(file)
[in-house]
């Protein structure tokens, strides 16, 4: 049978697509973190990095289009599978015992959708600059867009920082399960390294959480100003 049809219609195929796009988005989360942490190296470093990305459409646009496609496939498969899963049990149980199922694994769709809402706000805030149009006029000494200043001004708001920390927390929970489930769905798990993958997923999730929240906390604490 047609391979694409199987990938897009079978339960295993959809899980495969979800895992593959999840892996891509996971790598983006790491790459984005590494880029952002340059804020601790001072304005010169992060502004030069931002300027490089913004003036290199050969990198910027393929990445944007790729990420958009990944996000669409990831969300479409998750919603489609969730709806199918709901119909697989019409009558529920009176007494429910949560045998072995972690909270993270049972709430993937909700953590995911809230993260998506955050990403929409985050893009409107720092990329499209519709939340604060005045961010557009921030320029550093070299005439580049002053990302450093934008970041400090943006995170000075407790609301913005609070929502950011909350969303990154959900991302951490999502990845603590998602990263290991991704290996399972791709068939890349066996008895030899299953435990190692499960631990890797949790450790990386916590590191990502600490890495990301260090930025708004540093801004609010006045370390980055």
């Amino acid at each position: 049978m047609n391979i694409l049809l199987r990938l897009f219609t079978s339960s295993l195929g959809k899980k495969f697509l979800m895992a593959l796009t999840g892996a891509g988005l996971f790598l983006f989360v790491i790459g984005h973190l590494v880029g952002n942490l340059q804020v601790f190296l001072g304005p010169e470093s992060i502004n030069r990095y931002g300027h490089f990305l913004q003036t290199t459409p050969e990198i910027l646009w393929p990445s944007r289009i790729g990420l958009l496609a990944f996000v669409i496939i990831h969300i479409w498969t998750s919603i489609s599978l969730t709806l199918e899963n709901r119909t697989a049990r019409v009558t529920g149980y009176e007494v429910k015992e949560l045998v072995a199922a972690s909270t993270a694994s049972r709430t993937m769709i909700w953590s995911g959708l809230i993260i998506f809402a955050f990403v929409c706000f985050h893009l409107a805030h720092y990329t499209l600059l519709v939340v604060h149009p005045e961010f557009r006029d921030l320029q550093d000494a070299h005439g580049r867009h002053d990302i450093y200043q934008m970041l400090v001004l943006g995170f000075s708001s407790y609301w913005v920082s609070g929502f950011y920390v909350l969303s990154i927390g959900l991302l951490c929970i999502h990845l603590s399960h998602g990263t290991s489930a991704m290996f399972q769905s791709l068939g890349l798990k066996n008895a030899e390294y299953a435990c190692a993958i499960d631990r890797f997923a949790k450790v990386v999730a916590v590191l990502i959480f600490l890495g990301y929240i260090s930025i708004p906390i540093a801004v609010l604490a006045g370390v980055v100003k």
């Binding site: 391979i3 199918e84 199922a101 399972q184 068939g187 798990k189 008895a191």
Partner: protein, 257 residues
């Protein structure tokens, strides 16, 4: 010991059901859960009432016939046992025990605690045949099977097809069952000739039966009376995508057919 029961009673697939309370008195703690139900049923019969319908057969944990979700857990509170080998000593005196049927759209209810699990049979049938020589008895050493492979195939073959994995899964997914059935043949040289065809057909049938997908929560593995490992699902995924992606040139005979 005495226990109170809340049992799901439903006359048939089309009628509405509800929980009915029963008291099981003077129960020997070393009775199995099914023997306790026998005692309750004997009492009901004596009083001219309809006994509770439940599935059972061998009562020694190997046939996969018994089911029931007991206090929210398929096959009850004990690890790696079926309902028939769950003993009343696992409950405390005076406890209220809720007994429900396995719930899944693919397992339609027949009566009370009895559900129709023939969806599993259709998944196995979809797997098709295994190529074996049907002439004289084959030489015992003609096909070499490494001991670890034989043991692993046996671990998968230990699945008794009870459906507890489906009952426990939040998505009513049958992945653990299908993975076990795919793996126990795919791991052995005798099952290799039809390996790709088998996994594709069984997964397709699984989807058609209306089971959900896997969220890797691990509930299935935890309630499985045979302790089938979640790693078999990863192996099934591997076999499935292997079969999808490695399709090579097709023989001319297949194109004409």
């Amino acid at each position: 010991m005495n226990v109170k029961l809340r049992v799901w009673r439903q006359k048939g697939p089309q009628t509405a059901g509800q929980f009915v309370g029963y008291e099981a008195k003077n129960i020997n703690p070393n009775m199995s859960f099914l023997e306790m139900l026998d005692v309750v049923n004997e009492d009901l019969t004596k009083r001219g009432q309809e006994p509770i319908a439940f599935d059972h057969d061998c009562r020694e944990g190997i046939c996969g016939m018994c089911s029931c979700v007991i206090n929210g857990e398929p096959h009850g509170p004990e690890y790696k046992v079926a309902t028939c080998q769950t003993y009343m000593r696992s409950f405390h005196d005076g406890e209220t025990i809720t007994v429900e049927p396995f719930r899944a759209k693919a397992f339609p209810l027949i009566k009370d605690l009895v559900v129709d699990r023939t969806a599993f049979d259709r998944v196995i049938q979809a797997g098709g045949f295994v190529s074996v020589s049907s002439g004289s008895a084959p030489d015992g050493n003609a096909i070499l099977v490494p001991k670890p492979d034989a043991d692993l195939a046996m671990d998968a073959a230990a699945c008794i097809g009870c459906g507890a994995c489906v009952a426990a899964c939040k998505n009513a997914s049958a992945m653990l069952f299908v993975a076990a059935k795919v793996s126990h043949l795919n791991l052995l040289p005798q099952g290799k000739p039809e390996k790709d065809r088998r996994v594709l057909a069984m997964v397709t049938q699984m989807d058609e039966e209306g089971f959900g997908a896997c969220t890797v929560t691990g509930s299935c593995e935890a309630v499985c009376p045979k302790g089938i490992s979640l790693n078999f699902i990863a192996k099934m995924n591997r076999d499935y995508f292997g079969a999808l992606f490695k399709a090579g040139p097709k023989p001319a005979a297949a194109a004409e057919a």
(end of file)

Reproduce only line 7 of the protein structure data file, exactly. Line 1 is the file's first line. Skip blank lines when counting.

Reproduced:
């Amino acid at each position: 010991m005495n226990v109170k029961l809340r049992v799901w009673r439903q006359k048939g697939p089309q009628t509405a059901g509800q929980f009915v309370g029963y008291e099981a008195k003077n129960i020997n703690p070393n009775m199995s859960f099914l023997e306790m139900l026998d005692v309750v049923n004997e009492d009901l019969t004596k009083r001219g009432q309809e006994p509770i319908a439940f599935d059972h057969d061998c009562r020694e944990g190997i046939c996969g016939m018994c089911s029931c979700v007991i206090n929210g857990e398929p096959h009850g509170p004990e690890y790696k046992v079926a309902t028939c080998q769950t003993y009343m000593r696992s409950f405390h005196d005076g406890e209220t025990i809720t007994v429900e049927p396995f719930r899944a759209k693919a397992f339609p209810l027949i009566k009370d605690l009895v559900v129709d699990r023939t969806a599993f049979d259709r998944v196995i049938q979809a797997g098709g045949f295994v190529s074996v020589s049907s002439g004289s008895a084959p030489d015992g050493n003609a096909i070499l099977v490494p001991k670890p492979d034989a043991d692993l195939a046996m671990d998968a073959a230990a699945c008794i097809g009870c459906g507890a994995c489906v009952a426990a899964c939040k998505n009513a997914s049958a992945m653990l069952f299908v993975a076990a059935k795919v793996s126990h043949l795919n791991l052995l040289p005798q099952g290799k000739p039809e390996k790709d065809r088998r996994v594709l057909a069984m997964v397709t049938q699984m989807d058609e039966e209306g089971f959900g997908a896997c969220t890797v929560t691990g509930s299935c593995e935890a309630v499985c009376p045979k302790g089938i490992s979640l790693n078999f699902i990863a192996k099934m995924n591997r076999d499935y995508f292997g079969a999808l992606f490695k399709a090579g040139p097709k023989p001319a005979a297949a194109a004409e057919a």